How did the Glorious Revolution impact the colonists?

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In the Revolution of 1688, also called the Glorious Revolution, William III replaced James II as King of England. William of Orange invaded England from the Netherlands and ruled along with James’ daughter, who became Mary II. Because King James was Catholic, the possible return of England to Catholic control had seemed likely; William and Mary were Protestant. Violent conflicts occurred from November 1688–February 1689, until William and Mary were finally installed as joint monarchs following several parliamentary votes against them and were pursuant to the adoption of a Bill of Rights that included some limits on royal power. In addition to making England officially a Protestant country, their ascension had immediate repercussions in Scotland and the North American colonies.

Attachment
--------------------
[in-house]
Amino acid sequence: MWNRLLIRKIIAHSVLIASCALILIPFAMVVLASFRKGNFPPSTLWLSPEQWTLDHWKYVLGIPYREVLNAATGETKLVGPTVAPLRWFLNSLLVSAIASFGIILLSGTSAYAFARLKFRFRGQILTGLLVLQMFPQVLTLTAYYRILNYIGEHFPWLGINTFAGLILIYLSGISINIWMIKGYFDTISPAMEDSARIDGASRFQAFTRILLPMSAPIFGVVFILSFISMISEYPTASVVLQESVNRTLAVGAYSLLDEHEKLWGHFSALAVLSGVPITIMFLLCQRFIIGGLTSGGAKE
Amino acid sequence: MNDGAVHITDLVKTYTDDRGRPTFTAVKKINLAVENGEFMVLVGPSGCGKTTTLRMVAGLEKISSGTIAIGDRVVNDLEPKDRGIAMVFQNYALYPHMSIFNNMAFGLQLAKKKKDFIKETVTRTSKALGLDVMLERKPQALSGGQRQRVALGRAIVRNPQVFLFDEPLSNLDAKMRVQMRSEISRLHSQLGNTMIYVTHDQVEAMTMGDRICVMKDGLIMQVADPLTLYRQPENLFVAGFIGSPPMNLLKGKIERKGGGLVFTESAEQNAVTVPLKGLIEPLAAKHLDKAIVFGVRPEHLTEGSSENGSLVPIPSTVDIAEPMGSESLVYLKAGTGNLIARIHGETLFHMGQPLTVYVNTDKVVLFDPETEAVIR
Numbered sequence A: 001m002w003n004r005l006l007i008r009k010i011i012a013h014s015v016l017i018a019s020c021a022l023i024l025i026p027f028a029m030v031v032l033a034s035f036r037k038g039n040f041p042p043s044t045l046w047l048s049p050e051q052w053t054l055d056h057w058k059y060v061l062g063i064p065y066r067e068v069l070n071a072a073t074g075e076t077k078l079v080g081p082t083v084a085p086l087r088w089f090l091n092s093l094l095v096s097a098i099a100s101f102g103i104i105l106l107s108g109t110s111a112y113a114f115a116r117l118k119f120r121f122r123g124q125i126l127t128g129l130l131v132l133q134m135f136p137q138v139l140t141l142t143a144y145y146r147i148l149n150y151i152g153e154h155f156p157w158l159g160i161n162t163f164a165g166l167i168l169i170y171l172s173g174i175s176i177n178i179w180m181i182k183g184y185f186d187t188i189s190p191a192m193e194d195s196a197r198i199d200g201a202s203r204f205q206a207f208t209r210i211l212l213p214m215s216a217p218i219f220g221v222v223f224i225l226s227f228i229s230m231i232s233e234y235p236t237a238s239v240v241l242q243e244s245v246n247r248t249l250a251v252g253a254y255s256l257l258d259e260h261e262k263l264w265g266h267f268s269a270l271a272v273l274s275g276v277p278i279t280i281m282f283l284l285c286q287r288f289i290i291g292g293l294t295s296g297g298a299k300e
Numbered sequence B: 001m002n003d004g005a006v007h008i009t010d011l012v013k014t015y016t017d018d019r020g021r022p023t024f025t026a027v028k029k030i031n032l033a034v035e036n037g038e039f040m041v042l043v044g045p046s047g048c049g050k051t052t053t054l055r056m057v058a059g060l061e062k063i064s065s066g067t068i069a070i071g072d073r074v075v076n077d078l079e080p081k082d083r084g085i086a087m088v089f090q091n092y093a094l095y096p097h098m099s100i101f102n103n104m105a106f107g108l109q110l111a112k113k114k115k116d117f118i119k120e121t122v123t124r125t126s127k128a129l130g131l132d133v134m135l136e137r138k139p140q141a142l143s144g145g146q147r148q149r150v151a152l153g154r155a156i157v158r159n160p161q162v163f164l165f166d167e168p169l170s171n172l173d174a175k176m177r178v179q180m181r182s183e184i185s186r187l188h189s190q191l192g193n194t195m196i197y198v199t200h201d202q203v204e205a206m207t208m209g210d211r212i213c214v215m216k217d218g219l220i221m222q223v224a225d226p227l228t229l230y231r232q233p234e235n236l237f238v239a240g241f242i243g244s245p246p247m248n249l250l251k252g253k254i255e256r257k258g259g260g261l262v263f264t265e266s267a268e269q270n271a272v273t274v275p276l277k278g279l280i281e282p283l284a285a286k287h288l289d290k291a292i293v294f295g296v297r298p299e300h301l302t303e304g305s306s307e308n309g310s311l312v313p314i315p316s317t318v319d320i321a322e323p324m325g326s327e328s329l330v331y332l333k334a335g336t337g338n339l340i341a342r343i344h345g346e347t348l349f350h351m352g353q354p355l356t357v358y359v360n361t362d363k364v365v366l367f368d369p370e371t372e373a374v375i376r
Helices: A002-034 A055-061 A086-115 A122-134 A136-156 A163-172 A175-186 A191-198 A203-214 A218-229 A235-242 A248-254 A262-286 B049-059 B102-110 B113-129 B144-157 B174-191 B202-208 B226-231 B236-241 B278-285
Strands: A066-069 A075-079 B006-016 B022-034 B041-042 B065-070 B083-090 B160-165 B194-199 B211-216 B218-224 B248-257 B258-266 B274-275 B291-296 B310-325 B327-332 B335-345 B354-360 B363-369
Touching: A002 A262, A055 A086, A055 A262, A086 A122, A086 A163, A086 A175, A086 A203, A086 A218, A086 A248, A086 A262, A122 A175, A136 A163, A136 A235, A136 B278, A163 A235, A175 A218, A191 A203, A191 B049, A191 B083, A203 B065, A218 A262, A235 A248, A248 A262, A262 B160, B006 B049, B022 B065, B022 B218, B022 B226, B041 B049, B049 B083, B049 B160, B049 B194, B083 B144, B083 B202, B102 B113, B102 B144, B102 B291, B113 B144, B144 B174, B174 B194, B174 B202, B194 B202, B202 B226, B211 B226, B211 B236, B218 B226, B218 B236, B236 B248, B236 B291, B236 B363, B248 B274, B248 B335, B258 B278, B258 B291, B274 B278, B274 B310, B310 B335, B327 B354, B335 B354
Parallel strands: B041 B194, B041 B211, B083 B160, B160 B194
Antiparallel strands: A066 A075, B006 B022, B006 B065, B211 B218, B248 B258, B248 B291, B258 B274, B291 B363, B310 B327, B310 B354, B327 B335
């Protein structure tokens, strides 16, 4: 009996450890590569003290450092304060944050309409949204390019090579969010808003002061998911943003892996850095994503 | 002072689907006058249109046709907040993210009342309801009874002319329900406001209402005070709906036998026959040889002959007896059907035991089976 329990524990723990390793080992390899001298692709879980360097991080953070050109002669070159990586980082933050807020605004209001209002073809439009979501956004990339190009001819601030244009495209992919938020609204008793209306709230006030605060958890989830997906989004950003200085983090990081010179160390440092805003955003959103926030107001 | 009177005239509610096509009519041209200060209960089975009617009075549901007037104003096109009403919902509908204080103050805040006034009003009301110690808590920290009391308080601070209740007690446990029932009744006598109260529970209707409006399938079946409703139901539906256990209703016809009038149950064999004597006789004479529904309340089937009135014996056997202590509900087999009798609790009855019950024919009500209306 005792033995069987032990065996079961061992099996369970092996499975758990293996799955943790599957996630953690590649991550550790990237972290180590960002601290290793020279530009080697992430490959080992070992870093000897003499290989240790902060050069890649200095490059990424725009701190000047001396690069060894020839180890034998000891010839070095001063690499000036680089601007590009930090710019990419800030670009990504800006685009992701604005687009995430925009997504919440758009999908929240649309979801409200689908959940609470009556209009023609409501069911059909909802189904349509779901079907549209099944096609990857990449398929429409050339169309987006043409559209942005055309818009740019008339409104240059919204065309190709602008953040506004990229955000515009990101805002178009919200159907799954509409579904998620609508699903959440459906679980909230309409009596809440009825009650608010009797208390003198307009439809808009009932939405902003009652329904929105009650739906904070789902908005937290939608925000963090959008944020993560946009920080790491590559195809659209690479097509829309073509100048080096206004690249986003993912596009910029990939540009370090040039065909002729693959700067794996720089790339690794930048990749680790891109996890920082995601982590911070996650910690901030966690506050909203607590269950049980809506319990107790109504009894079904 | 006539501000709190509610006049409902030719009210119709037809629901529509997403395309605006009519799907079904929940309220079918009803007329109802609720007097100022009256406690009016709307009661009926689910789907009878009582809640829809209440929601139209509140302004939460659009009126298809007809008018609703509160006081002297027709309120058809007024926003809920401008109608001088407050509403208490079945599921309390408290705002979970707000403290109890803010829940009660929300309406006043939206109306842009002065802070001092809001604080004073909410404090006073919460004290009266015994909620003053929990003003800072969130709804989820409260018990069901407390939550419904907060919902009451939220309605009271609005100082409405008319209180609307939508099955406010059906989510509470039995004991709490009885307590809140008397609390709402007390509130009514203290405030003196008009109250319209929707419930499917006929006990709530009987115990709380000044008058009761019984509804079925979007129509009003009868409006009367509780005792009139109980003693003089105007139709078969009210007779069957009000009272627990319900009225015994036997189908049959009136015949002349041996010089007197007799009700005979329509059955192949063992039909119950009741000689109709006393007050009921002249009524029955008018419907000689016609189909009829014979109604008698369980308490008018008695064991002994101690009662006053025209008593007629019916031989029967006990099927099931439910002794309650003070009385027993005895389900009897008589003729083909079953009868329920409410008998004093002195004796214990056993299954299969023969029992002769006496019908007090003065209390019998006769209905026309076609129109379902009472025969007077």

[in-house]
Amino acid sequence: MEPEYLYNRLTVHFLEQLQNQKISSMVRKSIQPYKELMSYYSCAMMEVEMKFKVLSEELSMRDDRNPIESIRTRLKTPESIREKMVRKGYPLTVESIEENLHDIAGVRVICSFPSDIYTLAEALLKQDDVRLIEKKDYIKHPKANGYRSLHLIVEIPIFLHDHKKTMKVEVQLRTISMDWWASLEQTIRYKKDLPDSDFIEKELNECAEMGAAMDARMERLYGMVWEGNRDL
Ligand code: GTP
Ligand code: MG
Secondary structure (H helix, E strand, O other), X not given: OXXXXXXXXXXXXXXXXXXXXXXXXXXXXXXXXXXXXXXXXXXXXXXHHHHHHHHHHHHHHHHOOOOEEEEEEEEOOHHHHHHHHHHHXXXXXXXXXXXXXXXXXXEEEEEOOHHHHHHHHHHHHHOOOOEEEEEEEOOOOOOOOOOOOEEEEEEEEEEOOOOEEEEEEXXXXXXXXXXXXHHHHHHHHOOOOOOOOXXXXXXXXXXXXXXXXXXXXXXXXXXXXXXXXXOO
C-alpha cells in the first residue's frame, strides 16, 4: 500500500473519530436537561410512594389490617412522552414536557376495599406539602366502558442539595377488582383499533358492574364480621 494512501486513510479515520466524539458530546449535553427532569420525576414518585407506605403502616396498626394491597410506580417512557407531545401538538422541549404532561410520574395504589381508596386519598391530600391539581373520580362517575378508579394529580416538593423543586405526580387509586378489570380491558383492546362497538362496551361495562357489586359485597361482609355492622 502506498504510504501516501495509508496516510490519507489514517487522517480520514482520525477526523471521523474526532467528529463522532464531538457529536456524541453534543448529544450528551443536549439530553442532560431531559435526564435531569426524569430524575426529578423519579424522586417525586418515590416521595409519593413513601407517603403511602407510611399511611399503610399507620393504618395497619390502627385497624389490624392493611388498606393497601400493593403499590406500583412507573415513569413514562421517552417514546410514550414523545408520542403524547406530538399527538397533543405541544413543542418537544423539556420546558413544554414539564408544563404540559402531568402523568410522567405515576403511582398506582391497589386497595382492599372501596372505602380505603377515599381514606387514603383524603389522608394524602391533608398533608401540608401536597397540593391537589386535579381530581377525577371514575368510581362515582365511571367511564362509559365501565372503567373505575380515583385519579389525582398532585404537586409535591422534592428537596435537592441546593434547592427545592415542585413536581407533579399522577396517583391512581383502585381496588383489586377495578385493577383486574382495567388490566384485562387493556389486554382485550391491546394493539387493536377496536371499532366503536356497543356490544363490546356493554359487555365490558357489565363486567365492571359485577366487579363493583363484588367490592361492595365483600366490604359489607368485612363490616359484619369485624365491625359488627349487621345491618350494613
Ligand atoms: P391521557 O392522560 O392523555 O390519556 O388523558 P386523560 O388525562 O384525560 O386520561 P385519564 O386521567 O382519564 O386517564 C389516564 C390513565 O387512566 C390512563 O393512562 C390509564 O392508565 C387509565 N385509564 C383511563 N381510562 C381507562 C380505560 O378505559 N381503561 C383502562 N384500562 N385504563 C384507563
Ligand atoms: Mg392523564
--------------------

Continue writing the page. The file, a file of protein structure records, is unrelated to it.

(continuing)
One lasting legacy, through the adoption of the Bill of Rights, was that England became a constitutional monarchy. Numerous aspects of the English Bill of Rights were incorporated into the later American version. Another more immediate result in North America was the collapse of the Dominion of New England; in the 1689 Boston Revolt, Governor Andros was removed with support from a provincial militia. In New York, the acting administrator, General Nicholson, formerly Andros’ Lieutenant Governor, was removed in Leister’s Rebellion which persisted for two years. The government of Province of Maryland, then a predominantly Catholic colony, similarly was overthrown. Overall, the chaotic situation in England proved advantageous to Americans who favored self-governance and allowed them to make inroads that influenced the independence movement in the next century.

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